A tale of an American military man seeking a temporary marriage with a 15-year-old Asian girl is highly unpalatable to a contemporary audience. For that reason Madama Butterfly can be one of the trickiest operas to realize today. It is to opera what The Taming of the Shrew is to theater. Times and values have changed.
To add to the challenge of the work itself is the venue. This new production of Madama Butterfly is presented on floating outdoor stage on Sydney Harbor. On stage, a bamboo forest evokes the rolling hills above Nagasaki harbor. Beyond the stage, the iconic Sydney Harbor Bridge, opera house and city lights seduce and dazzle.
But despite the glittering surrounds, there is a dark underbelly to this production - created by Spain's Àlex Ollé and La Fura dels Baus, that moves the work far beyond a dated orientalist fantasy. Instead it becomes a present-day fable that pits greed, development and power against a fragile and natural world.
This is the third Handa Opera on Sydney Harbor and the most satisfying, rising to the seemingly contradictory challenge of combining of ravishing visual spectacle with intellectual rigor.
Even before Puccini's first notes are heard, a surveyor is busy on stage sizing up the verdant landscape so ripe for development. In this production, B.F. Pinkerton is not a naval officer but a property tycoon. As chief executive of Pinkerton Construction, he views the land as he does his young bride-to-be, as property to be exploited, plundered and discarded.
So why is the young geisha so smitten with this figure that she is prepared to cast off her traditions? A clue comes in the form of her furious uncle, the Bonze, who arrives at her wedding accompanied not by fellow priests but criminal gang members.
But it is not until Cio-Cio-San's traditional gown slips from her shoulders at the end of act one that we see her back is covered in elaborate tattoos that evoke the Japanese mafia or Yazuka. Here is a Madama Butterfly pulled between equally destructive and exploitative forces.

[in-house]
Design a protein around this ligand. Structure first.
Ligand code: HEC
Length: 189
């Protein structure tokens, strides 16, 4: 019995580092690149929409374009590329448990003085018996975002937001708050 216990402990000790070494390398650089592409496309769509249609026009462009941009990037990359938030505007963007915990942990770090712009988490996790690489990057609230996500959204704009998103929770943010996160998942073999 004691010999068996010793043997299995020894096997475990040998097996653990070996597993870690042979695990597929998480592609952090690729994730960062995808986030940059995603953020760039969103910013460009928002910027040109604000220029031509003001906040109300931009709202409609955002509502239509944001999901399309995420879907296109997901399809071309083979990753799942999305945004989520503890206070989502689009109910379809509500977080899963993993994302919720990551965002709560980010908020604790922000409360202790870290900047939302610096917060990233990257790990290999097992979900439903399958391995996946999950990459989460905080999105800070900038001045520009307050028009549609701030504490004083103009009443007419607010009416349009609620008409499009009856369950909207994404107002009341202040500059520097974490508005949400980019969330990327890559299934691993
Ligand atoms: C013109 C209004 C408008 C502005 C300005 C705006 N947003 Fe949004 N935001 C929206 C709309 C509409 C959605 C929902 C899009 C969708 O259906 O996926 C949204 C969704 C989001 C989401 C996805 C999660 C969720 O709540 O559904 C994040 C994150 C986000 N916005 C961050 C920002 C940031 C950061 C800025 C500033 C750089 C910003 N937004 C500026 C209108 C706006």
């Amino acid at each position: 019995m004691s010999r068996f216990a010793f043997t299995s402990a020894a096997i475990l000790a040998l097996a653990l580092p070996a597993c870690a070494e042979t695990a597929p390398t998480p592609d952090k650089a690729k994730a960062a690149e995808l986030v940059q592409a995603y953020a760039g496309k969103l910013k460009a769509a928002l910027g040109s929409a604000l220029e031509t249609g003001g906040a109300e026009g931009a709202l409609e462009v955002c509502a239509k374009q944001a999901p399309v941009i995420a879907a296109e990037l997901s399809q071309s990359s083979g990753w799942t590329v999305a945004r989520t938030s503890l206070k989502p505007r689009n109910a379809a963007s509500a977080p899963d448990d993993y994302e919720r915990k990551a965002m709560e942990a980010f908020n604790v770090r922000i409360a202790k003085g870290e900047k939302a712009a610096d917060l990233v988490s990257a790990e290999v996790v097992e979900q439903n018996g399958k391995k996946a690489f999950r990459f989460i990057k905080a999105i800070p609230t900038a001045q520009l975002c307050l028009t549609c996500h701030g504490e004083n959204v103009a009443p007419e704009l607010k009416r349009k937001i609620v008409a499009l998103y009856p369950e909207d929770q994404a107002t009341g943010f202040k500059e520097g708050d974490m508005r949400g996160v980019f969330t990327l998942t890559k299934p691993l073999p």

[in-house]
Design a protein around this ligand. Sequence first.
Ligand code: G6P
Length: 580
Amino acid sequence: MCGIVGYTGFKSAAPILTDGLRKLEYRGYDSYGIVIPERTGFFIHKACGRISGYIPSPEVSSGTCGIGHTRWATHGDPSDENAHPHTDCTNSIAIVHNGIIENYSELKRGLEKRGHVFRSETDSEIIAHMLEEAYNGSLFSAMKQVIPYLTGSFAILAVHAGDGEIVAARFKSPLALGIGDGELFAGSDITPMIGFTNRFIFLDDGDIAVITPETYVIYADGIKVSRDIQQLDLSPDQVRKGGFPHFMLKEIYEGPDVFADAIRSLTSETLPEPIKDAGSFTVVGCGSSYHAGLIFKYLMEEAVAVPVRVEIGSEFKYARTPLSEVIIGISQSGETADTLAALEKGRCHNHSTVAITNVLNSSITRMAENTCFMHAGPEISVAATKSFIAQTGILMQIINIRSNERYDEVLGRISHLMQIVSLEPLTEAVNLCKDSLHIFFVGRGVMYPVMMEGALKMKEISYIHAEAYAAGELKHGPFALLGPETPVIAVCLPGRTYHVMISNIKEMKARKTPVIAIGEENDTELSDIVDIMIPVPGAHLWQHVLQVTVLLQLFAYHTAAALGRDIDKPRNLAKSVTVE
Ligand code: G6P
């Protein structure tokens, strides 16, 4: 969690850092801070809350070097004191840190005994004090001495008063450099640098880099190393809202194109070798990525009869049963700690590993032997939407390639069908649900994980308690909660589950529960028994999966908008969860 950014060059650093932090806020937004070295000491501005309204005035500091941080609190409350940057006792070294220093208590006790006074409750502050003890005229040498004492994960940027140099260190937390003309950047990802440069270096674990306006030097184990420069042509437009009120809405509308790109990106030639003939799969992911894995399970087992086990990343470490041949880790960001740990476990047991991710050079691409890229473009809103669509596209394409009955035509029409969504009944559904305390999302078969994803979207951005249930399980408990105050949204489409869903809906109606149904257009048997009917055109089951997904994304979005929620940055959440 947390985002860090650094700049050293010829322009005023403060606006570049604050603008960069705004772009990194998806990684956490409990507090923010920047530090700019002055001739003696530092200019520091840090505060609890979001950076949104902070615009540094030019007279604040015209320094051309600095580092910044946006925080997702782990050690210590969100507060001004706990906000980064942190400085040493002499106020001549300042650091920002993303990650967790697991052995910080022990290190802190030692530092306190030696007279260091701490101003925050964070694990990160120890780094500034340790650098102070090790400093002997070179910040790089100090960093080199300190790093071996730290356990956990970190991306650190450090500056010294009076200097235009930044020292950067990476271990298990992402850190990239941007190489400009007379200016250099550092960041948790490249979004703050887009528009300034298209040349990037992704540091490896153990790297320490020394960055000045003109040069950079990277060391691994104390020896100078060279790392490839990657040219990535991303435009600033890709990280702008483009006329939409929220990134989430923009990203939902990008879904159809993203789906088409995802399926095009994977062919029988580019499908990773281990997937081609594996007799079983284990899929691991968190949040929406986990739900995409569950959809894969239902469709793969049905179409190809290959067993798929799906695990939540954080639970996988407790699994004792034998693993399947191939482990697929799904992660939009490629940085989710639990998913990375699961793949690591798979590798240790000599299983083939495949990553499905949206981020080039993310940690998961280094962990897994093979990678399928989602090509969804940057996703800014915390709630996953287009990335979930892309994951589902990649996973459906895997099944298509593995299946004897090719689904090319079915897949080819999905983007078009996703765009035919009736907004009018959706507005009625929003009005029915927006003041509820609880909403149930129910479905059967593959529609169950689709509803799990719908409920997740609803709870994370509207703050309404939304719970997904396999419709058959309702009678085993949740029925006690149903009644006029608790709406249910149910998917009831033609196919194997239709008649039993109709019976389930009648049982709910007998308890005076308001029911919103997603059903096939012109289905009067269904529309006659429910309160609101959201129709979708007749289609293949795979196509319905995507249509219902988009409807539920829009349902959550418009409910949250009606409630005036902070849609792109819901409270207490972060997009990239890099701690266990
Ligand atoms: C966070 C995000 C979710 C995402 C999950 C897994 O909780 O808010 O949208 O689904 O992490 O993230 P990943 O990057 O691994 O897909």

Paradise has been paved over as the second act opens. Pinkerton Construction's half-built waterfront apartments flank the stage. Between high-rise pillars, Madama Butterfly lives in urban squalor. She is not the only one. The humming chorus is delivered by a line of homeless souls carrying their scant belongings.
It is a prescient image of a growing urban underclass, not least in Sydney where long-term public housing tenants are poised to be evicted and their waterfront dwellings sold.
There is no shortage of spectacle. There's fireworks, a speedboat and a rising moon, but this thought-provoking production, designed by Alfons Flores, challenges its audience even as it beguiles with its beauty.
In the title role, Japanese soprano Hiromi Omura is assured vocally and dramatically, bringing complexity to her characterization. In her hands, Cio-Cio-San's attraction to modernity in the form of Pinkerton is not mere naivety, but a means to escape her manipulation by dark traditional forces. Her vulnerability as her child is wrenched away is deeply moving.
Omura is well-paired with Russian tenor Georgy Vasiliev as Pinkerton. He conveys the callous, brashness of the role, yet sings with warmth and richness.
Michael Honeyman is restrained as Sharpless, the decent if ineffectual man of conscience. Anna Yun, as the loyal maid Suzuki, sings with strength and clarity.
On opening night, the sound balance meant that at times the orchestra, conducted by Brian Castles-Onion, was overshadowed. With a three-week run ahead, it is an irritant that needs addressing.
The annual harbor production, which increasingly draws international visitors and first-time opera goers, is part of Opera Australia's strategy to broaden its audience. When opera companies internationally are folding, most recently the San Diego Opera, the strategy appears to be working.
Having become one of the most anticipated events on Australia's operatic calendar, it is hoped that Opera on Sydney Harbor will continue. Japanese benefactor Haruhisa Handa backed the program for three years. It is not certain whether future funding will be forthcoming.
The first outdoor opera (La traviata) demonstrated it was possible to deliver an engaging, fully staged production on a floating state, the second (Carmen) that there was a growing audience for opera presented in non-traditional venues. This year has raised the bar with a production that brings a new dimension to this problematic, if musically ravishing, opera.
Handa Opera on Sydney Harbor continues in Sydney, Australia, until April 12, 2014.